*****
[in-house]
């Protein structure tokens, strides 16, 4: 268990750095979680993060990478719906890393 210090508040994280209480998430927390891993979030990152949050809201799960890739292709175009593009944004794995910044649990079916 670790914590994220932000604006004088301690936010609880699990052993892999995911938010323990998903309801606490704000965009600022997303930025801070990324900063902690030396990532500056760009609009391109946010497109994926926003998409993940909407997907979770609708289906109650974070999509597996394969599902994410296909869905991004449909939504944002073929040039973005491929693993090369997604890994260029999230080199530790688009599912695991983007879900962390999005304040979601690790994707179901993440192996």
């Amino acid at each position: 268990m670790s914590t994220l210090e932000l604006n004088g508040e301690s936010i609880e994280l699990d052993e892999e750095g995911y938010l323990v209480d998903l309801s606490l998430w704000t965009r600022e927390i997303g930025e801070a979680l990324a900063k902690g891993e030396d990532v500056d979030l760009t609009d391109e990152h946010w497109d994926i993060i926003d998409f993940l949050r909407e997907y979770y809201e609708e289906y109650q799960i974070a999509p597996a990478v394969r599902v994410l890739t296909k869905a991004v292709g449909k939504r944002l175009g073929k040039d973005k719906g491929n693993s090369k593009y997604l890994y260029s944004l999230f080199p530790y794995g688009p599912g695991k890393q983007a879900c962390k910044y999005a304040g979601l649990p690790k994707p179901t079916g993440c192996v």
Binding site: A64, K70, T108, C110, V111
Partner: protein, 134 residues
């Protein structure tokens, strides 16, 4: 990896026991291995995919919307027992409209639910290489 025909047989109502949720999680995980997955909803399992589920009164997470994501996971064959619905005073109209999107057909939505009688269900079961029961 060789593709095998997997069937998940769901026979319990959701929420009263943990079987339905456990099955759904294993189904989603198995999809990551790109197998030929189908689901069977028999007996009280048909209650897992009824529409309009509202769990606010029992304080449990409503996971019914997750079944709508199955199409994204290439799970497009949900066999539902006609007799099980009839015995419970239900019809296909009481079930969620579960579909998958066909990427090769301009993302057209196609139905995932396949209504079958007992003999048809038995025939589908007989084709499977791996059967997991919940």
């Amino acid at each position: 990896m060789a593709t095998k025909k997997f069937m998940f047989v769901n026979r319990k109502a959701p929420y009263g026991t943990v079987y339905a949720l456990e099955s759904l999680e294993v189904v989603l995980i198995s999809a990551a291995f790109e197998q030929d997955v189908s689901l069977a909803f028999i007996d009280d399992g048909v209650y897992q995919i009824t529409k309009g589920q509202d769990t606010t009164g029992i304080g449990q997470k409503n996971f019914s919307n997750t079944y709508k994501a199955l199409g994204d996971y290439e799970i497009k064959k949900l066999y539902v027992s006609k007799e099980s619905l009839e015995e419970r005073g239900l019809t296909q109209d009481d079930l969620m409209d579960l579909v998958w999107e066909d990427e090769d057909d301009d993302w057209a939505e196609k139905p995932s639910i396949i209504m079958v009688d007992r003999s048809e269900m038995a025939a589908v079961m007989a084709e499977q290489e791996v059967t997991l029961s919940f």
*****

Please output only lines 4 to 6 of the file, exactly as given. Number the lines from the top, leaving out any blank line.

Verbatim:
Binding site: A64, K70, T108, C110, V111
Partner: protein, 134 residues
């Protein structure tokens, strides 16, 4: 990896026991291995995919919307027992409209639910290489 025909047989109502949720999680995980997955909803399992589920009164997470994501996971064959619905005073109209999107057909939505009688269900079961029961 060789593709095998997997069937998940769901026979319990959701929420009263943990079987339905456990099955759904294993189904989603198995999809990551790109197998030929189908689901069977028999007996009280048909209650897992009824529409309009509202769990606010029992304080449990409503996971019914997750079944709508199955199409994204290439799970497009949900066999539902006609007799099980009839015995419970239900019809296909009481079930969620579960579909998958066909990427090769301009993302057209196609139905995932396949209504079958007992003999048809038995025939589908007989084709499977791996059967997991919940």